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The Business Of Carnival Gets Picked Up By The Roku Channel

“Some of them does talk the thing,

But I come out here to walk it”

So sings Erphaan Alves in his 2020 song Soca Global where he mentions the heights he hopes to take the genre including to Broadway and the Billboard charts.

Well Soca and other aspects of Carnival may get millions of eyes on it as The Business of Carnival series which highlights the legal and business aspects of Caribbean entertainment and Carnivals has been picked up by the Roku Channel.

“As the first and only web series of its kind, which speaks to the legal and business aspects of the carnival industry in the Caribbean, we are proud to have landed this distribution deal which allows the stories and brands of 19 of our Caribbean carnival entrepreneurs and celebrities based in T&T, Barbados and Los Angeles, Hollywood to be showcased to Roku’s audiences of over 56 million households,” Carla Parris stated.

“I’m particularly happy that the deal was finalised now, during this Carnival season when many of our creatives and entrepreneurs are not able to earn in the ways that they have become accustomed as a result of the pandemic abridged version of Carnival. This exposure has the potential to provide cogent business opportunities for the entrepreneurs featured to ply their trades in foreign markets where carnivals and similar type festivals are held,” she said.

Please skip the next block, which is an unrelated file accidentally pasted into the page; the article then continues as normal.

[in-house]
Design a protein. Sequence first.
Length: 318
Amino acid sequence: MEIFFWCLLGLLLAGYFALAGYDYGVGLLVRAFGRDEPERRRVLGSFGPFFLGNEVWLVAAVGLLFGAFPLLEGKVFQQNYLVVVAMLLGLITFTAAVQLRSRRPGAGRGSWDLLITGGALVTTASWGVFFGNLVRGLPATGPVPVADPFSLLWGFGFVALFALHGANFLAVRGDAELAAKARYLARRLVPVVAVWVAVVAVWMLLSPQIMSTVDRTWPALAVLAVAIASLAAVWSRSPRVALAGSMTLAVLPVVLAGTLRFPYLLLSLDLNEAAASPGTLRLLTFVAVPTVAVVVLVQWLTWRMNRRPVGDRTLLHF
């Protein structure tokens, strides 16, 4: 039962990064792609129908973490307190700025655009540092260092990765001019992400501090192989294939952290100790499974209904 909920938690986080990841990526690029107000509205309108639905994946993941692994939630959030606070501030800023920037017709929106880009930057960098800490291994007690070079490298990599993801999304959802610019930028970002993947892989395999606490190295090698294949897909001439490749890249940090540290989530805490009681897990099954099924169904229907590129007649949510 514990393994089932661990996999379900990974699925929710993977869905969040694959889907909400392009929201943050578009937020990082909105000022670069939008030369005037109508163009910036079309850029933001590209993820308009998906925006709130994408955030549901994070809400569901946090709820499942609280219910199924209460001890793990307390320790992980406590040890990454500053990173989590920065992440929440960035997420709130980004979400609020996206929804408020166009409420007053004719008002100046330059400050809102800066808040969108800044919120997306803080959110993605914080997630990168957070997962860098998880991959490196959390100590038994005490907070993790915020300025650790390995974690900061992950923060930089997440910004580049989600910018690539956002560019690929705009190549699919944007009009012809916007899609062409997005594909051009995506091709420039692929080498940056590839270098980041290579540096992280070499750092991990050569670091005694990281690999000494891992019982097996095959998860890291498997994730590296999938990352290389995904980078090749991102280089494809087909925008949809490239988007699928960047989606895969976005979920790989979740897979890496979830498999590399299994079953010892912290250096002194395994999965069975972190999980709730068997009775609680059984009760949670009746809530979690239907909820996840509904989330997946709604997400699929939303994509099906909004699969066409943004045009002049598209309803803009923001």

Parris said her hope is also that it will give those in foreign markets, further insight into the business and legal aspects of how our multi-million-dollar industry works and will not only invite more visitors but also business investors to the region.

“I am incredibly grateful to my family, friends, brand partners and production crew who stuck with me all these years and kept encouraging me to pursue the series. Producing and hosting this series together with my team for the past four years has been a bag of mixed emotions, full of many moments of extreme highs and really low lows. On the one hand, the decision to independently produce the series has allowed me for at least three months of the year (December, January, February) to fully embrace my creativity and to infuse my love for storytelling and broadcast media with education but, on the other hand, converting this series which started as a passion project into a monetizable product was extremely challenging,” Parris said.

Parris said in our market, it can be really difficult to sell the idea of a non-traditional intangible product.

“We are accustomed to conventional brick-and-mortar businesses where persons sell physical products, so when I approached potential brand partners over the years with the idea of selling product placements and logo placements into a web series which aired on You Tube with associated short form content on Facebook and Instagram it proved to be a foreign concept to many. They were not willing to invest in what was then a novel idea. The irony is that now that we are in a pandemic and businesses are forced to innovate, some of those very businesses now have their own social media-based series as a means of explaining their products and services,” she said.